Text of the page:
Comet SWAN

After a week of frustrating weather, with a cut-off low wandering around California aimlessly and messing up our skies, finally on Tuesday Oct 17 we had perfect weather and I had a free night. I drove up to Coast Ranch Reservoir Rd with a clear horizon to the northwest. The comet was 20 degrees above the horizon when darkness arrived. The comet has receeded from the sun while approaching the earth, and the tail that was so spectacular in images in late September, had faded quite a bit. It was moving about 2 arcmin per hour and 5 minutes was about the limit to avoid noticable blurring due to motion within a single exposure. The comet was 12 degrees above the horizon at the last exposure

10x5min stack using the ST2000XCM and Megrez f/6 refractor. sRGB+gamma/ single-shot color processed in CCDOPS 5. The upper right suffered from chip condensation for the first few frames. Aligned and stacked on the comet nucleus in Registax3. Then Photoshop CS2 used for levels, cropping, "smart sharpening", and pump up the color saturation slightly

A single 5min image. Notice the faint spiral galaxy just left of the comet head.

The DumbBell Nebula (M27) in Vulpecula. 4x5min stack using the ST2000XCM and Megrez refractor, sRGB+gamma/single-shot color processing in CCDOPS5, stacked in Registax3. Levels, "smart sharpened", unsharp mask, despeckled, and severely cropped in Photoshop CS2.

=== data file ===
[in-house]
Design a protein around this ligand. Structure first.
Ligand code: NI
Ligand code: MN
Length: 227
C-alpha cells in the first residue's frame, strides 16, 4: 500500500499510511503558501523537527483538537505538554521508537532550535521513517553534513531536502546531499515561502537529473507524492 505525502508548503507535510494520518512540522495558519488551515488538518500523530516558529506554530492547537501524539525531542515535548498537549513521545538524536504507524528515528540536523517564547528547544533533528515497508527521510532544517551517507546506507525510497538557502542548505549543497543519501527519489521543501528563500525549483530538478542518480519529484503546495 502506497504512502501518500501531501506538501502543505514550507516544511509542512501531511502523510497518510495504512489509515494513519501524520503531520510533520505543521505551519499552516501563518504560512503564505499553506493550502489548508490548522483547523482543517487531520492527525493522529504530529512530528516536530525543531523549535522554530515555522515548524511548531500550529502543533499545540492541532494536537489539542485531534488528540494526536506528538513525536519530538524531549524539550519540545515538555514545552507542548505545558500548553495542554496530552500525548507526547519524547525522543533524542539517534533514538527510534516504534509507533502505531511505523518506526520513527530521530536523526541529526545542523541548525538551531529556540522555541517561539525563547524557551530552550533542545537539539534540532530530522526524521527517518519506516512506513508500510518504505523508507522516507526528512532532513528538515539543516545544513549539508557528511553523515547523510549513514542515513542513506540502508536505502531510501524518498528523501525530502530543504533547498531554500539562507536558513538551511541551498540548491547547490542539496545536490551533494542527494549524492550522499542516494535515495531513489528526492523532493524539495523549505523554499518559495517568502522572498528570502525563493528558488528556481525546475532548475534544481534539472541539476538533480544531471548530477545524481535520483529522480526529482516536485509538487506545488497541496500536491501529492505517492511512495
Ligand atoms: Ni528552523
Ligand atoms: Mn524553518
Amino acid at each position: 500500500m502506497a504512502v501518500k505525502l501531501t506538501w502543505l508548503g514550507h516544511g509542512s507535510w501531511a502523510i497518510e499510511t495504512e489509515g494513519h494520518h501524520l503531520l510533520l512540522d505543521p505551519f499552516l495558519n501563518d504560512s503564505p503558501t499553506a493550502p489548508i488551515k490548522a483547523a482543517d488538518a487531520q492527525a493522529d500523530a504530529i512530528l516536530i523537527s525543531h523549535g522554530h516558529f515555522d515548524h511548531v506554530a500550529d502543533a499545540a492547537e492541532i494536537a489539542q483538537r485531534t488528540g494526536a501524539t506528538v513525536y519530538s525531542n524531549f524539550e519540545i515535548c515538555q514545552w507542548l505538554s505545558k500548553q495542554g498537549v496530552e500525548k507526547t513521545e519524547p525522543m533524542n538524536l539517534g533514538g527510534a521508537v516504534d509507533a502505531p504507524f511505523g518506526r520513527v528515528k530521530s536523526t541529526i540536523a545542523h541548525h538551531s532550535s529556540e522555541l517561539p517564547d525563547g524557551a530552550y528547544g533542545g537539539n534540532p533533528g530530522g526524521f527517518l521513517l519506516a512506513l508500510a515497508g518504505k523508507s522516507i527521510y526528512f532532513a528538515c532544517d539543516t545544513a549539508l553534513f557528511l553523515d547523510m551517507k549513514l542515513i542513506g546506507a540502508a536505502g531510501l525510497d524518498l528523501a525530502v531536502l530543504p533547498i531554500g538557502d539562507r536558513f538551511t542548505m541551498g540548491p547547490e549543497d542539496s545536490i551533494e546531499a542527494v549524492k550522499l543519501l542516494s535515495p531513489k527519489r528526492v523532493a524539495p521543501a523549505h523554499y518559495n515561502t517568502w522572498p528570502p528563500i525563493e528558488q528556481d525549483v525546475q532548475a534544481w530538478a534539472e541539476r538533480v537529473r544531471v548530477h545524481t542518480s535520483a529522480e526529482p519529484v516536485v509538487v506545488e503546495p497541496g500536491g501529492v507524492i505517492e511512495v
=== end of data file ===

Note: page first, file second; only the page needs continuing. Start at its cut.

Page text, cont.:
Friday night Oct 27 I cancelled the Mercey Hot Springs trip due to lack of interest, and drove up to Coast Road Reservoir. Last minute helper was my friend Victoria. Outstanding weather, and I tried this time to get shots through the LXD75 8" f/4. Unfortunately, the 1.25" adapter makes a poor mate with the LXD75's 1.25" adapter, and the image plane was not co-planar with the chip. Still, the increased aperature made for a striking image, even with the 30% moon providing a strong skyglow.

10x5min stack with ST200XCM and Meade LXD75 8" f/4 scope. Stars badly out of focus towards lower left. Head is badly over exposed (there must be some way to get around the CCDOPS5 conversion of the raw image to color using only 8bits). Image scale is around 40% less than with the Megrez and the comet moved significantly during the hour and a half of exposures, resulting in the banding seen at top. Registax had a hard time centering on the saturated comet head so the star tracks are uneven and the tail details are blurred. Lesson - shorter exposures!

We'd packed up the photo gear, the scope, and the wine, cheese and french bread before realizing we needed a commemorative picture.